For the HPC market, Intel already has their MIC processors, latest being the Xeon Phi. The only market they're not competing right now in is the high-end gaming and high end graphics. It's only a matter of time before integrated is "good enough" for high end gaming and they add more features to their Phi processors to compete in the high end graphics market.

about a year and a half ago
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Do Not Track Ineffective and Dangerous, Says Researcher

PhrstBrn DNT by Default (207 comments)

You mean, when all the major browsers enable DNT by default, everybody ends up just ignoring the flag, putting us back to where we started? I'm shocked.

about a year and a half ago
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Home Server Or VPS? One Family's Math

PhrstBrn Re:Server on residential internet service (380 comments)

I ran a large minecraft server for a while. It was on an unmetered 10/10 for a while, worked fine with 100 people on it. The only problem I had was trying to get backups working correctly without kicking people off the server. In the end I just upgraded to a 100/100, since working on the server became a pain. I had to make sure when pulling large files off the server I didn't saturate the connection and lag out the connections for the players, which meant waiting a long time to trickle files off the machine.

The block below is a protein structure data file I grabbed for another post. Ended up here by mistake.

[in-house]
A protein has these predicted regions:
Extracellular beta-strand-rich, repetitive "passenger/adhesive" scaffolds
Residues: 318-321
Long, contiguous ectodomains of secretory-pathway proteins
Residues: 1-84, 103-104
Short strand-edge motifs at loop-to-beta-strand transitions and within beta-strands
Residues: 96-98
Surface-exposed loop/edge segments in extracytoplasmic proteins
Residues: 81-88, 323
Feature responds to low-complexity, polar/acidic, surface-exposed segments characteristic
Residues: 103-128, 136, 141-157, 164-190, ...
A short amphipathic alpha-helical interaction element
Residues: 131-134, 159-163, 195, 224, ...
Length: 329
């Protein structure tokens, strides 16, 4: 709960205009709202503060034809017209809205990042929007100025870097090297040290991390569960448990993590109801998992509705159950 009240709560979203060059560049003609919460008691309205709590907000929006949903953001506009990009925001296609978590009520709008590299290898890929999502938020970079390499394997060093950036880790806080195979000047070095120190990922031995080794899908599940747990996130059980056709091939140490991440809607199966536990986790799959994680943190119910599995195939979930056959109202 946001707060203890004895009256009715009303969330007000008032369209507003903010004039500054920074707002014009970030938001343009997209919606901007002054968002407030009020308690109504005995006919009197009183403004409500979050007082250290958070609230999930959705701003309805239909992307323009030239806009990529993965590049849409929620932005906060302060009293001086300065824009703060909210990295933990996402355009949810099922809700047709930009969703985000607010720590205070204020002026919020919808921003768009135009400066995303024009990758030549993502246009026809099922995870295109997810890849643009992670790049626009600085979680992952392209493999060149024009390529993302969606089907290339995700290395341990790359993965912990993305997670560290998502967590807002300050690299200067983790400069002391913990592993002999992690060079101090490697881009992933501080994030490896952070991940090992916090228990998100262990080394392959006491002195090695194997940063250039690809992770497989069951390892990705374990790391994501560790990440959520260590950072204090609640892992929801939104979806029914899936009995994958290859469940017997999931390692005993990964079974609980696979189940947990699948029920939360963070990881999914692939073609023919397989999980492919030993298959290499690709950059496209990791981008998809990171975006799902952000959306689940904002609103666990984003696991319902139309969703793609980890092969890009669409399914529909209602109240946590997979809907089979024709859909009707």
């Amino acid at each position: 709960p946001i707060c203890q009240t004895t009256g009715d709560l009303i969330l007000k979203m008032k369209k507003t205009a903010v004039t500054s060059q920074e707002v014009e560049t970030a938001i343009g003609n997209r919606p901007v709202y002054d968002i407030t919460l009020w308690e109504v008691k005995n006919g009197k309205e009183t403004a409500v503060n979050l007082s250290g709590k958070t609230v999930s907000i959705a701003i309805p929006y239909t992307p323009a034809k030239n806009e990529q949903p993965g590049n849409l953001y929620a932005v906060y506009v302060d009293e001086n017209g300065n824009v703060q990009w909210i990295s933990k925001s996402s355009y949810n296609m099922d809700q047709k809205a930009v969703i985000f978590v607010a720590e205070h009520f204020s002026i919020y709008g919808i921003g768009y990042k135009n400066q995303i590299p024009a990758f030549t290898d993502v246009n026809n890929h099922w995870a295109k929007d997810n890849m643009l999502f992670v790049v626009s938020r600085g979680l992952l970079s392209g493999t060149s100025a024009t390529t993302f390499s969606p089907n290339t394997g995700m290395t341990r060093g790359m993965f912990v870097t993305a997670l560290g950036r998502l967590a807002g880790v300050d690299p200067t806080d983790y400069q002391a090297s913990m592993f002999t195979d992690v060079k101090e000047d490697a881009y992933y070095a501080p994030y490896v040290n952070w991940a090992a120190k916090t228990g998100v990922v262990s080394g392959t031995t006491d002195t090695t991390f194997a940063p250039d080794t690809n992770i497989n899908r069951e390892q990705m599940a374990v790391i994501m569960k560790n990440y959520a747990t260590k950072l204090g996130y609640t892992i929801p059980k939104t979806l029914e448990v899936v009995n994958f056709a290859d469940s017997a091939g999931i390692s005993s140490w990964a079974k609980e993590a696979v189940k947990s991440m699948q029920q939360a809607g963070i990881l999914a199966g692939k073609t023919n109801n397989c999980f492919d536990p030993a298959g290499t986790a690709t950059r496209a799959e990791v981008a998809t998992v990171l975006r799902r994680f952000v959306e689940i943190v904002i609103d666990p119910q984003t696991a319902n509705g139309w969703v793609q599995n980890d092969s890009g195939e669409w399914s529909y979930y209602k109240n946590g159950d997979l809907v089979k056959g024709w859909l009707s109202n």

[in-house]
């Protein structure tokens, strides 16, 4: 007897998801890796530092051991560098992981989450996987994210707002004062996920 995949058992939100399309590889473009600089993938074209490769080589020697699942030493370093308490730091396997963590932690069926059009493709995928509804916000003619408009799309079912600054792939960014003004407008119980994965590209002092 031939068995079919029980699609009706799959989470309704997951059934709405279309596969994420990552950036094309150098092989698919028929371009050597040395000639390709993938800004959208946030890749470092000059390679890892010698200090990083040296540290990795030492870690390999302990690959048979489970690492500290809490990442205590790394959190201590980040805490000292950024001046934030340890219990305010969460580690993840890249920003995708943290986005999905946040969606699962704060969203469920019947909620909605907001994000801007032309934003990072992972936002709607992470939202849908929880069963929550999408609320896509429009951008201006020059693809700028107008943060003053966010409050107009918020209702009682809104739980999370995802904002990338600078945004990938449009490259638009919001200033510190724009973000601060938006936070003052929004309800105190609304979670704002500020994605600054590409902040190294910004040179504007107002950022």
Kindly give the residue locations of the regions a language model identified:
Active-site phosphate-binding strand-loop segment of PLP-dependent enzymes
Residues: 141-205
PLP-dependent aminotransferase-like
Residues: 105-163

If you're careful and don't need that bandwidth for anything other than your Minecraft server, and have a way to do administrate it on an out of band connection, 10/10 is more than plenty.

about a year and a half ago
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Valve Begins Listing Linux Requirements For Certain Games On Steam

PhrstBrn Re:That is why I supported fully static builds (332 comments)

Static and dynamic linking are treated the same as far as the GPL is concerned. Changing from static to dynamic linking won't make your software compliant. Fortunately most important libraries are released under the LGPL (or a more permissive license such as MIT or BSD), which makes your issue irrelevant.

about 2 years ago
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HP Sues Over LCD Price Fixing

PhrstBrn Re:Confused (56 comments)

Punishing them financially doesn't do anything. They price fix, make a bunch of money, get fined, then have to bump the prices up anyways to pay off the fines. Either way, the customer is screwed with higher prices (at first for price fixing, secondly to pay the fines), the company ends up fine. If you fine the executives, they give themselves a pay bump to pay off the fines, and then pass the cost to the consumer.

If executives actually went to jail for criminal activities, they might think twice before engaging in the first place. No amount of monetary damages will fix the problem.

about 2 years ago